Tsunami Coastal Inundation as an Input to CIF-EWS
Many countries with vulnerable coastal communities also have tsunami warning systems that are trialed and tested regularly due to the major loss of life that has occurred, in particular after the tragic 2004 Indian Ocean tsunami. The UNESCO Intergovernmental Oceanographic Commission (IOC) worked with WMO in the immediate period after this tragedy, and the IOC has taken responsibility through regional Intergovernmental Coordination Groups (ICGs) to coordinate the continued development and sustainability of the tsunami warning systems. IOC has been playing a major role in these systems and coordinates effective ocean-wide testing and improvements on a regular basis. There are opportunities to leverage the successful international tsunami efforts in collaboration with the CIF-EWS; especially for community warning and the “last mile”.
Therefore, during the planning for the new CIF-EWS, it will be important for countries to incorporate this hazard into the end-to-end system The approach will be similar to the WMO cascading system of products where Regional Specialist Centres provide input to the country’s NMHS. For tsunami warnings, this role will be provided by Tsunami Advisory Centres under the auspices of the UNESCO IOC/ICGs for the relevant ocean or sea. For example, in the Indian Ocean, three countries provide this advisory service: Australia, India and Indonesia. Advances in tsunami warnings to enhance community responses were highlighted at the IOC/UNESCO international symposium held in February 2018 in Paris (IOC/UNESCO,2018)
CIF-EWS General Description
Coastal inundations are an increasing threat to the lives and livelihoods of people living in low-lying, highly-populated coastal areas. According to the World Bank Report 2005, at least 2.6 million people have drowned in coastal inundation, particularly caused by storm surges, over the last 200 years.
The purpose of the WMO Coastal Inundation Forecasting Initiative (CIFI) is to meet challenges of coastal communities’ safety and to support sustainable development through enhancing coastal inundation forecasting and warning systems at the regional scale.
Benefit for CIF-EWS for implementing countries:
Upon completion of national and/or regional implementation of CIF-EWS, countries will implement an operational system for integrated coastal inundation forecasting and warning, providing objective basis for coastal disaster (flooding) management; contributing to saving lives, reducing loss of livelihood and property, and enhancing resilience and sustainability in coastal communities.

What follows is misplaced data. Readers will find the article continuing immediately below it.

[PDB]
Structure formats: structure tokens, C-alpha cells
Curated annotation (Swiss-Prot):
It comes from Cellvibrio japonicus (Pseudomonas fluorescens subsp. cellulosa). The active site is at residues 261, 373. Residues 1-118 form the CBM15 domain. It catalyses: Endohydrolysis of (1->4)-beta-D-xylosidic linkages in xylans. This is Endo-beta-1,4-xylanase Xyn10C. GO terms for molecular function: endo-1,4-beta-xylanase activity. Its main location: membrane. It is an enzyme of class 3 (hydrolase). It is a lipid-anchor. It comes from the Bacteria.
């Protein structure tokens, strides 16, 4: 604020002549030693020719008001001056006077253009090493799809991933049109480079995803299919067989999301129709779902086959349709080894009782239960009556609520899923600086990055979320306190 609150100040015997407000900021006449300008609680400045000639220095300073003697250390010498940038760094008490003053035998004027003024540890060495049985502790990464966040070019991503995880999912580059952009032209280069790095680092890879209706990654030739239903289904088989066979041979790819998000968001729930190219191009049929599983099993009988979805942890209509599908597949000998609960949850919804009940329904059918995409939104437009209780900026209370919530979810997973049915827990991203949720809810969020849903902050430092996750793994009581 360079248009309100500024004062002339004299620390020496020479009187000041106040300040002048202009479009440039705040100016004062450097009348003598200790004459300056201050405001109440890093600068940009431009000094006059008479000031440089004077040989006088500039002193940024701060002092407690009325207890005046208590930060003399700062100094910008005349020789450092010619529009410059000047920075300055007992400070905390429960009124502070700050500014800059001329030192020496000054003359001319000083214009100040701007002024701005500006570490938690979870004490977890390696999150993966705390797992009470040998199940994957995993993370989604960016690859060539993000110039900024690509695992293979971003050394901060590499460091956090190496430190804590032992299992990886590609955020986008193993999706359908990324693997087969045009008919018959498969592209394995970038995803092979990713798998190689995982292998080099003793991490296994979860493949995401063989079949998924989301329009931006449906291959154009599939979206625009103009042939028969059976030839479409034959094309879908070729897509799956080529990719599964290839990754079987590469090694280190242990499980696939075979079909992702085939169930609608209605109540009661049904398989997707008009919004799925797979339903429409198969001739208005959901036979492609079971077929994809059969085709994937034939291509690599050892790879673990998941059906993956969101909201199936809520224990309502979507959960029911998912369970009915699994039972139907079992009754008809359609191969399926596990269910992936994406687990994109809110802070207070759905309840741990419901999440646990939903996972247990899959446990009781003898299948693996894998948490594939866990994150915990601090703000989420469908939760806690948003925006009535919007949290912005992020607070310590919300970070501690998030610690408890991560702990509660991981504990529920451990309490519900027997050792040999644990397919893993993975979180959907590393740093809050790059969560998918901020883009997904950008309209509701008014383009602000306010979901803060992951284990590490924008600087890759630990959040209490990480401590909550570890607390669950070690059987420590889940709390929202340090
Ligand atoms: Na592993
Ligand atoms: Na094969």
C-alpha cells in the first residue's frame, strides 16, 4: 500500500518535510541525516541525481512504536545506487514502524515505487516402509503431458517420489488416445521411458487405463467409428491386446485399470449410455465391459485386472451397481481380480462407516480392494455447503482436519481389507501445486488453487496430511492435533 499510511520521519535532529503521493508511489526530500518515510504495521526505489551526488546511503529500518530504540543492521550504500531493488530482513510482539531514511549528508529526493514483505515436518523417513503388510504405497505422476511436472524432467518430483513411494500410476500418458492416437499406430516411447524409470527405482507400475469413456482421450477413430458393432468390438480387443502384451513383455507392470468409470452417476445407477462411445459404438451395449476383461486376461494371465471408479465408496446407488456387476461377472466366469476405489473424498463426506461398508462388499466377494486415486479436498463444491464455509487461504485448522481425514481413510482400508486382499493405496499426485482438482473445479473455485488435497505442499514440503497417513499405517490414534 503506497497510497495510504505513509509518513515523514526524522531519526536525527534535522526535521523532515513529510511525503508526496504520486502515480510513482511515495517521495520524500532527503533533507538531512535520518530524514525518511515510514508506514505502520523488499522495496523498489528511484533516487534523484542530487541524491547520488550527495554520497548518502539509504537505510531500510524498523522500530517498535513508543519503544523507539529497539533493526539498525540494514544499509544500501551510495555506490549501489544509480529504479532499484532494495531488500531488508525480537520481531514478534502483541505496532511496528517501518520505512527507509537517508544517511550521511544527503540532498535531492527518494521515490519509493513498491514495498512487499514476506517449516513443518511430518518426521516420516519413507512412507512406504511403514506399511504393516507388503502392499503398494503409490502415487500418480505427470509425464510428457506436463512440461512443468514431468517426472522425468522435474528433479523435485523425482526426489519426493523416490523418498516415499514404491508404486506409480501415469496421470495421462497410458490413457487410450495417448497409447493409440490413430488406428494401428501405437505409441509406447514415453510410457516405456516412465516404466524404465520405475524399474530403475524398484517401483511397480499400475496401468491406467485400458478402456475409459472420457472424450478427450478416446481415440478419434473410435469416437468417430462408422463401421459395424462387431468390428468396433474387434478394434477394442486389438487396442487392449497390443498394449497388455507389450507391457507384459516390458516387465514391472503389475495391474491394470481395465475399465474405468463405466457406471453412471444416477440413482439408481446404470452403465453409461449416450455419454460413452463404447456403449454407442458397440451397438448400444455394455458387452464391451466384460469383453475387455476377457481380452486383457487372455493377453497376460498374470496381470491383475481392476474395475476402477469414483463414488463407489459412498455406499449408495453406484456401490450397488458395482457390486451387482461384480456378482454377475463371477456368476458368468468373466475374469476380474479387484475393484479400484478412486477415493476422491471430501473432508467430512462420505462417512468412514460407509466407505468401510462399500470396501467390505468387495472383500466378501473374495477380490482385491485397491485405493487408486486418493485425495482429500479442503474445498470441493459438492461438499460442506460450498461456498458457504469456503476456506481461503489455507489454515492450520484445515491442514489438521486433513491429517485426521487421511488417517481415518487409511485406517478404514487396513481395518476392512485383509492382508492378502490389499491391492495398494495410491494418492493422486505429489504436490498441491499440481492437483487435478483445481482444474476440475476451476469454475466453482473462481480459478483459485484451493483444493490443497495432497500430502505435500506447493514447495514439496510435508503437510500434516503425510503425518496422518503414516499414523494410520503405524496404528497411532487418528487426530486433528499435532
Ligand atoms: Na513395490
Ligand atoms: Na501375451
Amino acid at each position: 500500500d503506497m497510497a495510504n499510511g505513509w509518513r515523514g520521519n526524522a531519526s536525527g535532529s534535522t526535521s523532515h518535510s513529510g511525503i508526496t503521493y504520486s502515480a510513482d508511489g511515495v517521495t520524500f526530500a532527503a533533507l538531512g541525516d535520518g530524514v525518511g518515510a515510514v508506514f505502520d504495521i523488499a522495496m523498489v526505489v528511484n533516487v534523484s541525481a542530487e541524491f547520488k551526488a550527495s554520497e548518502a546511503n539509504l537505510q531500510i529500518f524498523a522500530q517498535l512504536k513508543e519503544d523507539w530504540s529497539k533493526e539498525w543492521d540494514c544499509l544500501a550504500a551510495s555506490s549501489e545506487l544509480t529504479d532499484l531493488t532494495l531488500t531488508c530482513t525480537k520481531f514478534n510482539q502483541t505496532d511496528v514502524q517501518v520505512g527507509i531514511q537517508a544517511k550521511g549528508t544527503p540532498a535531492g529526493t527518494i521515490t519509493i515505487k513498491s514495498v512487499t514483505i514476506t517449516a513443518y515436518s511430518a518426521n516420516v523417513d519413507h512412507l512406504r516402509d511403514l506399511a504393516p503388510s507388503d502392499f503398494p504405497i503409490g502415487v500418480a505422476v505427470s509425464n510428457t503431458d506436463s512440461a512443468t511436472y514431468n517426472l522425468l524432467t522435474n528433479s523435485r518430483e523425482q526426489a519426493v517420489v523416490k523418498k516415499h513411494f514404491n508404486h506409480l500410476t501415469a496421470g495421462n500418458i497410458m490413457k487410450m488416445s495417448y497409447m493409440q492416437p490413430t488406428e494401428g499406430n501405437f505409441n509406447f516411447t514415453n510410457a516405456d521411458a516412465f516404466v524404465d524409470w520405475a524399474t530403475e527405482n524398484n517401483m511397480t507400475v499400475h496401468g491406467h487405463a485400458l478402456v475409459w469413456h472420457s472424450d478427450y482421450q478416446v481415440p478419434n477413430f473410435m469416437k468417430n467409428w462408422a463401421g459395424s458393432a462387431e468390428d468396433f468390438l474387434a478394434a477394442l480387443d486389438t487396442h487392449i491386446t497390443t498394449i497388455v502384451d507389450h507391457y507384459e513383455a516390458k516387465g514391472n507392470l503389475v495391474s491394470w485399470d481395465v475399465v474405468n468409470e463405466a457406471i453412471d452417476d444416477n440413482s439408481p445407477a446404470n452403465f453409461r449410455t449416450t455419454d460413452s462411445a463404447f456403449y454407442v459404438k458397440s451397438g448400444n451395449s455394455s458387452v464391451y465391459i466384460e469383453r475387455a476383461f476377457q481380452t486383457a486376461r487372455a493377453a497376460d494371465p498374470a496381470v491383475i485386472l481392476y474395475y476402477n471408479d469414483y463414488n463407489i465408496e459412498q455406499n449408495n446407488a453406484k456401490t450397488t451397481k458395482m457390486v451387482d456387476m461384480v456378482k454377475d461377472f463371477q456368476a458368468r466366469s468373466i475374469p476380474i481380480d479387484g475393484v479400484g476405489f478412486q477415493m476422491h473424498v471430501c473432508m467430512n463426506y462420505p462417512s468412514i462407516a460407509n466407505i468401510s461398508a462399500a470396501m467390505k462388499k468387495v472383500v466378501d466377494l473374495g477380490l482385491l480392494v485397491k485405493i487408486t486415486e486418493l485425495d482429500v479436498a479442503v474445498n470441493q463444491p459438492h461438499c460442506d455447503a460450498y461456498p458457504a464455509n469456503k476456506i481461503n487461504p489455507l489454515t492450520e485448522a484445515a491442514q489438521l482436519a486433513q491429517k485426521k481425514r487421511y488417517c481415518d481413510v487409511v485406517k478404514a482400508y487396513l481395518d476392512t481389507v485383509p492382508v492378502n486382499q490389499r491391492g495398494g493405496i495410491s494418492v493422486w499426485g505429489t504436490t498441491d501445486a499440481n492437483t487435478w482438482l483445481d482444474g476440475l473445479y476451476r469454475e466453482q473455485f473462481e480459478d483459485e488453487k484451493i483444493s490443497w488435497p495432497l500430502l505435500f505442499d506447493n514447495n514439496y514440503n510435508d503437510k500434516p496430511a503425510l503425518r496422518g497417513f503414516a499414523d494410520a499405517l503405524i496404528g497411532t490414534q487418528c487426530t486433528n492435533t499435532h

Upon completion of a CIF-EWS, countries will be provided with valuable input to the assessment and awareness of the issues of coastal inundation management within its governments. It would also assist the countries to advance steps toward integrated forecasting and warning services.
CIF-EWS general financial model:
A national and/or regional project CIF-EWS is generally implemented by either national resources or external funding support from donor agencies. The National Coordination Team (NCT), led by national operational agencies for coastal inundation forecasting, would be responsible for the implementation of the CIF-EWS) system. The NCT works with the CIF-EWS Steering Group (PSG) and advice from WMO (where necessary) to identify financial and in-kind resources required for the project’s full implementation over all phases. A project Development Plan should be prepared and followed throughout implementation.
Upon the completion of a national project, operation and maintenance of the CIF-EWS system would be the responsibility of national operational agencies with mandate of coastal inundation (marine and flood) warnings.
Scope and Implementation:
The main focus of the CIF-EWS will be to facilitate the development of efficient forecasting and warning systems for coastal inundation based on robust science and observations:
- CIFDP Brochure
- CIFDP Project Plan 2010
- CIFDP Concept 2012
- CIFDP Framework (EC65) 2013
- CIFDP Implementation Plan 2017
- CIFDP-Bangladesh Final Report 2017
- CIFDP-Caribbean Final Report 2018
- CIFDP-Indonesia Final Report 2019
- CIFDP-Fiji Final Report 2019
- CIFDP Assessment Report 2018
- Concept for an integrated, efficient, sustainable, and adaptable MHEWS for FFGS, CIFDP and SWFDP 2019
- National Capacity Assessment for Bangladesh (JCOMM TR 073) 2013(CIFDP 014)
- User Requirement Plan for Bangladesh 2013 (CIFDP 015)
- System Design for a Coastal Inundation Forecasting System for Bangladesh (JCOMM TR 075) 2013
- National Capacity Assessment for Fiji (JCOMM TR 071) 2013
- System Design for a Coastal Inundation Forecasting System for Fiji (JCOMM TR 074) 2013
- Early Warnings of Coastal Inundation (WMO Bulletin Vol 68 (2) - 2019)
- Multi-Hazard Early Warning Systems: The Coastal Inundation Forecasting Initiative (WMO Bulletin Vol 70 (1) - 2021)
- United Nations Development Programme (UNDP), 2017: Small Island nations at the frontline of climate action.